Case Against Loudoun School Counselor Over Student Suicide Set for 8-Day Trial

The trial in a $5 million wrongful death lawsuit against a Loudoun County Public Schools counselor who had been alerted to suicide concerns about a student who later took his own life is set to begin next month.

In Circuit Court on Thursday, attorneys argued a preliminary motion during a hearing that brought some details of the case to light.

Erin and Timothy Gallagher filed the $5 million lawsuit against Richard Bader, a guidance counselor at Potomac Falls High School, after their son, Jay, lost his life to suicide. Three weeks before that act, Bader had received an email from one of Jay’s friends raising concerns about his mental wellbeing. Bader met with Jay to discuss the concern, but never notified the student’s parents. The Gallaghers say they should have been told and that their son’s life may have been saved.

An eight-day trial is scheduled to begin April 23.

Wednesday’s hearing focused on a narrow issue that required a determination prior to the jury trial. The Gallaghers’ attorney, Robert T. Hall, sought a determination whether Bader has a ministerial role and was required to follow set procedures established by state code and the school system, or was permitted to exercise his discretion in responding to the concern.

In his testimony, Bader said he received the email near the end of the school day on Jan. 11, 2017, and he met with Jay the following afternoon, the first opening in his schedule. After talking with the student and asking questions that are part of the school system’s suicide assessment, Bader determined that Jay was at “zero” risk of committing suicide at that time. It was clear, Bader said, that Gallagher was stressed and had trouble communicating with his parents.

During the meeting, Bader said, Gallagher, who was 18 years old, asked the counselor not tell his parents about the meeting. With no concern the student was in imminent danger, Bader said he honored that request. Had Gallagher been younger than 18, Bader said it was likely he would have called the parents to let them know.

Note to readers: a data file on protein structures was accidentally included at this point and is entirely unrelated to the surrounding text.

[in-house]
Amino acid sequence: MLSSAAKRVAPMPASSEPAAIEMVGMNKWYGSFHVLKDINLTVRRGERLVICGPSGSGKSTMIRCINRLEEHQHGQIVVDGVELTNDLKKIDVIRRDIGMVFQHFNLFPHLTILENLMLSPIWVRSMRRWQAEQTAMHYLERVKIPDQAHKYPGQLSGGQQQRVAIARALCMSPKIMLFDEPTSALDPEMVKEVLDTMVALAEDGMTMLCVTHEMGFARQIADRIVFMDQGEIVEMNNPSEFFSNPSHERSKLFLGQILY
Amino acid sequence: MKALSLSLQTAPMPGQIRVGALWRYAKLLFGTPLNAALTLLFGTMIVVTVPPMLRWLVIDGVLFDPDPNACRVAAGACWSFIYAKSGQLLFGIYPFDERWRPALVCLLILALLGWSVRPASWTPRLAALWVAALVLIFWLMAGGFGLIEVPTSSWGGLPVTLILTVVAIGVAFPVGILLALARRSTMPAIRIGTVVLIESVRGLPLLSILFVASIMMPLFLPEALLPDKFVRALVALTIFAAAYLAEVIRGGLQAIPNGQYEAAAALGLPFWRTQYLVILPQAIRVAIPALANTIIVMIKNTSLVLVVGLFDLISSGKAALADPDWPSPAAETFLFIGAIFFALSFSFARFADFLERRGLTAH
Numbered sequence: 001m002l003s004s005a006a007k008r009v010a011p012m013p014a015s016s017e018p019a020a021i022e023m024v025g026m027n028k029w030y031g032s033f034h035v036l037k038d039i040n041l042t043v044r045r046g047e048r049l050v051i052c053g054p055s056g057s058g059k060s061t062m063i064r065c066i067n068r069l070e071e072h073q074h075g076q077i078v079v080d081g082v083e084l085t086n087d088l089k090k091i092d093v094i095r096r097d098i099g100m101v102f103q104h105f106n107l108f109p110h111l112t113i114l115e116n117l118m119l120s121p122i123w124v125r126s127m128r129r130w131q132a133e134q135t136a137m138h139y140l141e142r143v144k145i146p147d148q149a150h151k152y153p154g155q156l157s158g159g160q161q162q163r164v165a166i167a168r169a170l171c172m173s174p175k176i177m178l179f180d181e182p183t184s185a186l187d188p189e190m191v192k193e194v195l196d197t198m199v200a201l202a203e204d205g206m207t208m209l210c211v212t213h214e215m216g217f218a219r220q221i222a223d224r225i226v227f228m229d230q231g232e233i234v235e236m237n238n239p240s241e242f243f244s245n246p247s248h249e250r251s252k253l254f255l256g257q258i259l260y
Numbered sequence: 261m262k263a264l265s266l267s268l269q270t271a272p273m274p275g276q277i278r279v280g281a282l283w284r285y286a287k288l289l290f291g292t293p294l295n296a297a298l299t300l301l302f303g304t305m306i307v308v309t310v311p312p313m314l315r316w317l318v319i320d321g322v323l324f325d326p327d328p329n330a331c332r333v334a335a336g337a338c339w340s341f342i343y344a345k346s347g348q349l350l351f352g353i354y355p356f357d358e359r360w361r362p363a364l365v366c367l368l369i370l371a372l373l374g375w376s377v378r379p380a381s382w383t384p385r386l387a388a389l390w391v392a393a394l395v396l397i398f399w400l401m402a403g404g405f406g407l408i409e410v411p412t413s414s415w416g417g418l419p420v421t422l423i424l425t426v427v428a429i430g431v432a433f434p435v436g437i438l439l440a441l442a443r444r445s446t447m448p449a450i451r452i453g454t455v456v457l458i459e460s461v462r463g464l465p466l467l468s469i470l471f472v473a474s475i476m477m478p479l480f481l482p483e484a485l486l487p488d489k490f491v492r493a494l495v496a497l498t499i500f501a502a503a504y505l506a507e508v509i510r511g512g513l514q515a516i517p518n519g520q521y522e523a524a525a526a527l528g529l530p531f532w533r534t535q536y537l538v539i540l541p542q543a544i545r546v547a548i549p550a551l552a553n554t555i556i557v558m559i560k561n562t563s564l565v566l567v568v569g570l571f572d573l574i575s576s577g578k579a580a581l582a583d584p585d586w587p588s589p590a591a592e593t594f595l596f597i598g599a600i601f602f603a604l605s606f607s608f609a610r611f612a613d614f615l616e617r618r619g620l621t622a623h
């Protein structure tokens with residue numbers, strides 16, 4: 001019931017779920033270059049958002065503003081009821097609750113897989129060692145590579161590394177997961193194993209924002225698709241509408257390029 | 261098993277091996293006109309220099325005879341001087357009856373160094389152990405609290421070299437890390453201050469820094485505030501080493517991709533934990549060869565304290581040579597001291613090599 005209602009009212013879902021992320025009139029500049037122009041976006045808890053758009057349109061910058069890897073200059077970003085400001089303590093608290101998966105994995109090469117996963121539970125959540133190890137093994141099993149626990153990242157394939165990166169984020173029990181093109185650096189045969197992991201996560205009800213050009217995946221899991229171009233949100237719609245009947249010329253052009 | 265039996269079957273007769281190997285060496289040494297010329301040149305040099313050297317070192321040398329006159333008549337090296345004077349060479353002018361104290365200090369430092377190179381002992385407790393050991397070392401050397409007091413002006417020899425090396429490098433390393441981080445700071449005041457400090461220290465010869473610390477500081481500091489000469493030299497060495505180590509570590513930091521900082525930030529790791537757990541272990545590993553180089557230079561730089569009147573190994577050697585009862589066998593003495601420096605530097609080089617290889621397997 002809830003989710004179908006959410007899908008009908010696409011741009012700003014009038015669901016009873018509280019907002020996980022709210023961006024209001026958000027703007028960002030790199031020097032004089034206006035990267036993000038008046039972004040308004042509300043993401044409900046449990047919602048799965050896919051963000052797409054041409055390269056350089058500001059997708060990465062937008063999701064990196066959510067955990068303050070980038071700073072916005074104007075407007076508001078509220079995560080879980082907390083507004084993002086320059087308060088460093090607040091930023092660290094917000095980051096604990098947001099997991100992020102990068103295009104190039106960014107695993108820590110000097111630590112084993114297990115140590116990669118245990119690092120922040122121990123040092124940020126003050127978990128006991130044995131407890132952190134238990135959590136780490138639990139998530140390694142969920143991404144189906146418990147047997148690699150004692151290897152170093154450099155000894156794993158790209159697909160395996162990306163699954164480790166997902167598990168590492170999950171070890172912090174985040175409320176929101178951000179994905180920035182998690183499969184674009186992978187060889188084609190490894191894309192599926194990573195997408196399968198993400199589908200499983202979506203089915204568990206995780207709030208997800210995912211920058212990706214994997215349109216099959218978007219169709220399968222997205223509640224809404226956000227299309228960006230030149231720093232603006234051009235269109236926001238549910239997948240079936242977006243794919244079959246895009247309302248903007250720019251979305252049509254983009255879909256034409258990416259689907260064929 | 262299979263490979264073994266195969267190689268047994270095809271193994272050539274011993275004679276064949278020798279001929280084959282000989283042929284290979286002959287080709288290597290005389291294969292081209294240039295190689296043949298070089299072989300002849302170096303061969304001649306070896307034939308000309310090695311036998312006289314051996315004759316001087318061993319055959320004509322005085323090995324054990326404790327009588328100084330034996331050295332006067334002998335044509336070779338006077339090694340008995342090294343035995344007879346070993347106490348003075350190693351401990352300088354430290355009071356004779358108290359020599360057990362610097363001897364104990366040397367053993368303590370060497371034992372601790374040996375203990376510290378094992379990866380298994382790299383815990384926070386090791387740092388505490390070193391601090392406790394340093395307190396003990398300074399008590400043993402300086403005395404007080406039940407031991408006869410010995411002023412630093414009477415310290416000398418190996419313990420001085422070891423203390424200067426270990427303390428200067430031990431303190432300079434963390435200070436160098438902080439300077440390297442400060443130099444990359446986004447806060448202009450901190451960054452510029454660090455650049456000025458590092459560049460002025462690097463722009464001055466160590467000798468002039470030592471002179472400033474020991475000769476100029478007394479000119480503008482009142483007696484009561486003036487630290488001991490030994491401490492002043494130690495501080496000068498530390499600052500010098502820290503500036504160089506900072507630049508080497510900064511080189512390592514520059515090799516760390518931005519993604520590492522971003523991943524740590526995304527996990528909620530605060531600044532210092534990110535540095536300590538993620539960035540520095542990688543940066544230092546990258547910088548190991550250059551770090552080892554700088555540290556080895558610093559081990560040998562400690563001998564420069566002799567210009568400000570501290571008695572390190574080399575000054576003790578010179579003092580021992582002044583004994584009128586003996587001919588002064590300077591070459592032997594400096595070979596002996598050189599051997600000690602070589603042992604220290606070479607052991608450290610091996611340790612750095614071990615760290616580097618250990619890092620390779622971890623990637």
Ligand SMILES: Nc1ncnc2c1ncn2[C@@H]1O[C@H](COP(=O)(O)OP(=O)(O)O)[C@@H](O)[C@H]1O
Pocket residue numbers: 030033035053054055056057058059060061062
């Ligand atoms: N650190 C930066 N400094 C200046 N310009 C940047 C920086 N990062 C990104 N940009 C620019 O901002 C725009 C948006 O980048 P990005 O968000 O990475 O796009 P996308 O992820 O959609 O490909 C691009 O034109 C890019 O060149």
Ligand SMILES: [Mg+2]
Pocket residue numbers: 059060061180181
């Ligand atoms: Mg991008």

In the ensuing weeks, Bader said he urged Gallagher to seek help with therapists to learn how to better talk with his parents and to address the stress he felt in his school performance and his college expectations. Gallagher spent time working in the school guidance office, and Bader said he seemed to be doing well during those frequent contacts. It was after a trip for a college visit in February that Gallagher took his life.

Hall argued that Loudoun County Public Schools’ policies and procedures direct counselors to notify parents if they believe a student is an imminent threat of suicide.

Julia Judkins, representing Bader in the case, countered that those policies and procedures are not law, but only guidelines, and that Virginia Department of Education states that counselors can use their “critical judgement” to assess a student’s risk.

“Mr. Bader’s job is to make an assessment. Did he suspect suicide? No,” she said. “Mr. Bader assessed him at no risk of imminent suicide, or at risk of any suicide.”

The judge said he sympathized with the parents, but ruled that Bader was given discretion to assess whether Jay was a suicide risk and he followed his duty.

“A duty of a Loudoun County school counselor is set forth by Virginia Code … to use their training and experience to assess and decide what steps to take,” he said. “There is no ministerial duty to do anything—to contact anyone.”

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